Delhi gets driest August in 16 years

ByJayashree Nandi, Abhishek Jha and Jasjeev Gandhiok, New Delhi
Sep 01, 2022 12:08 AM IST

The month of August ended with 41.6mm of rainfall for Delhi, translating to a deficit of 83% from the normal of 247.7mm for the month, making it the Capital’s driest August in 16 years, data from India Meteorological Department (IMD) showed on Wednesday.

The month of August ended with 41.6mm of rainfall for Delhi, translating to a deficit of 83% from the normal of 247.7mm for the month, making it the Capital’s driest August in 16 years, data from India Meteorological Department (IMD) showed on Wednesday.

 (Hindustan Times)
(Hindustan Times)

According to a separate analysis of IMD’s gridded data by HT, which has a slight variation from the numbers the department releases, Delhi’s rain deficit for August was 81% and the Capital recorded the ninth lowest volume of precipitation in August since 1901. As per this data, the amount of rain received this month was the lowest since 2006.

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This meant citizens spent most of the month in hot and humid conditions.

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At fault was a monsoon trough, a band of the cloud system where rain is active, that was stuck more southwards. “The monsoon trough was mostly over Central India and did not remain close to Delhi for more than one or two days. Even then, the proximity to Delhi was not much and it simply passed over the region,” said a Met department official, asking not to be named.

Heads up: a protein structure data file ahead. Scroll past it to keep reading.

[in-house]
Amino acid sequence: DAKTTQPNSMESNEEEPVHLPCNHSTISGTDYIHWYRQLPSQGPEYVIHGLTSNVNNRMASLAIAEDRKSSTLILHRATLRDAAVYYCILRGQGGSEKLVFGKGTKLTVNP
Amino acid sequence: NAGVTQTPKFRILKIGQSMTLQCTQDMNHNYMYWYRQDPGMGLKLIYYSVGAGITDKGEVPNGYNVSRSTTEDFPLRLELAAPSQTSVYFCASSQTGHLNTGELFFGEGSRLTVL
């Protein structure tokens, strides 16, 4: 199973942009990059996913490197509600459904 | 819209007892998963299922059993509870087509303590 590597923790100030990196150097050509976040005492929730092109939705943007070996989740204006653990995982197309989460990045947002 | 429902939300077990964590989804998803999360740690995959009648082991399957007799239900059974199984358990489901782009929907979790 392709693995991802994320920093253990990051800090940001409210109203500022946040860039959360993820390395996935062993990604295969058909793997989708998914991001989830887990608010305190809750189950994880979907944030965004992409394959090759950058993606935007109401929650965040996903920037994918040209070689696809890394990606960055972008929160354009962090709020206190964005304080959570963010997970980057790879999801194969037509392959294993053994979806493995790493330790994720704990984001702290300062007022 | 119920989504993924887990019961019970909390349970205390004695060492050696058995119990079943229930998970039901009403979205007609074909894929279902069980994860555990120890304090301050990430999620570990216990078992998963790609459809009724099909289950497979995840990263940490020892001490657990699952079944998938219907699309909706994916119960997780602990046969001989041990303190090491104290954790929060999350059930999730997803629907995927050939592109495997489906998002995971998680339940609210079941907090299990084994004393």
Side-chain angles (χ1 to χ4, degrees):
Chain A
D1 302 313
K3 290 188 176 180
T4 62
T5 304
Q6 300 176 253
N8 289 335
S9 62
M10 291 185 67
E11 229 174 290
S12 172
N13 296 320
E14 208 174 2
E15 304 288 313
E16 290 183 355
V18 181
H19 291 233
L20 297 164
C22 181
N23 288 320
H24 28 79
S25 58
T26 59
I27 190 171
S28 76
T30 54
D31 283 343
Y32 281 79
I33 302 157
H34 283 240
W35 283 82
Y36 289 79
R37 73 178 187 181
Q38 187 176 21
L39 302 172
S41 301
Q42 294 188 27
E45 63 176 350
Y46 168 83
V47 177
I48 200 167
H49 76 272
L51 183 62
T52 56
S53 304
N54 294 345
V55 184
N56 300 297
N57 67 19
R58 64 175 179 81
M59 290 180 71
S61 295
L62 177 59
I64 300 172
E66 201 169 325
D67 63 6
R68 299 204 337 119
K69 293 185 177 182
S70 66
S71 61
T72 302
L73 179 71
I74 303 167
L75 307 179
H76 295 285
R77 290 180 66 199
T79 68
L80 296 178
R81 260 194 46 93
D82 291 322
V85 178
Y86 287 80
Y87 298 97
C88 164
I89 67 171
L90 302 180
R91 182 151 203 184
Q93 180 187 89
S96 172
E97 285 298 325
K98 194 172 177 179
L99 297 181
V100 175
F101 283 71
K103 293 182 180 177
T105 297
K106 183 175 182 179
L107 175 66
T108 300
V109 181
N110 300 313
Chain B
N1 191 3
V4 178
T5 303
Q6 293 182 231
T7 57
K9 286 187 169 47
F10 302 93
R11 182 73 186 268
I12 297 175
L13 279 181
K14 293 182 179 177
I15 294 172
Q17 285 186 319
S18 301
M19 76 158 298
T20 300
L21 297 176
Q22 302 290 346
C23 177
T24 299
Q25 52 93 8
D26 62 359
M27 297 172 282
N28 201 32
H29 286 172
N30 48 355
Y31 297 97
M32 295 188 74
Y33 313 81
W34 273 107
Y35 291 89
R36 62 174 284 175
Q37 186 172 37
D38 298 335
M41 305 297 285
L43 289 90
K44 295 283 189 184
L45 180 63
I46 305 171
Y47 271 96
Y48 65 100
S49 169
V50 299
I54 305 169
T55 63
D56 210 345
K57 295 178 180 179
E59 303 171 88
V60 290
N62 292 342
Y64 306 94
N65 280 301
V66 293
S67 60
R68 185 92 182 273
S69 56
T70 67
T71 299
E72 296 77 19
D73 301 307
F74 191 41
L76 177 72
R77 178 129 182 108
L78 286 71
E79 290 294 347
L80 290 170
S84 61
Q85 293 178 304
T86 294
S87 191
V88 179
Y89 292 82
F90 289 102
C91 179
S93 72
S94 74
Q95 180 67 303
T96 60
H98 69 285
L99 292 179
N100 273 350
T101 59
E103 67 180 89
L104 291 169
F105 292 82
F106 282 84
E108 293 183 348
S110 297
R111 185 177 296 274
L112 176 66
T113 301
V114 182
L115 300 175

Overall, the monsoon rain across the country as an aggregate was normal, with the number for August being 3.4% excess. But this number hides wide variations, especially in the paddy belt of the Indo-Gangetic Plains that remained mostly dry.

During August alone, there was a 26.5% deficiency over east and northeast India; 18.2% excess over central India and 27% excess over south Peninsula. At the end of the third month of the monsoon, west and east Uttar Pradesh continued to record 44% rain deficiency, Bihar recorded 38% deficiency, West Bengal 29% and Jharkhand 27%.

These numbers, including the excess rains, signal a meteorological problem that is very likely to lead to significant economic impact by hitting farm yields. The June-September monsoon season waters nearly 60% of the country’s net-sown area. India recorded the hottest March this year. This cut winter wheat production, officially estimated to be the lowest in three years at 106 million tonne.

“We had forecast normal rain in August between 94% to 106% which we have met. We had also forecast that there will be deficient rain over east and northeast India which was seen this month. In terms of agriculture, east UP is expected to be impacted. West UP also has high deficiency but they have irrigation facilities in some areas. Bihar continues to have high deficiency but the rain deficiency over Gangetic West Bengal and Jharkhand has recovered a bit,” said M Mohapatra, director general, IMD.

During the month, it rained on 16 days in Delhi but none of these were in the moderate or heavy category – the most was 8.8mm recorded between August 5 and 6.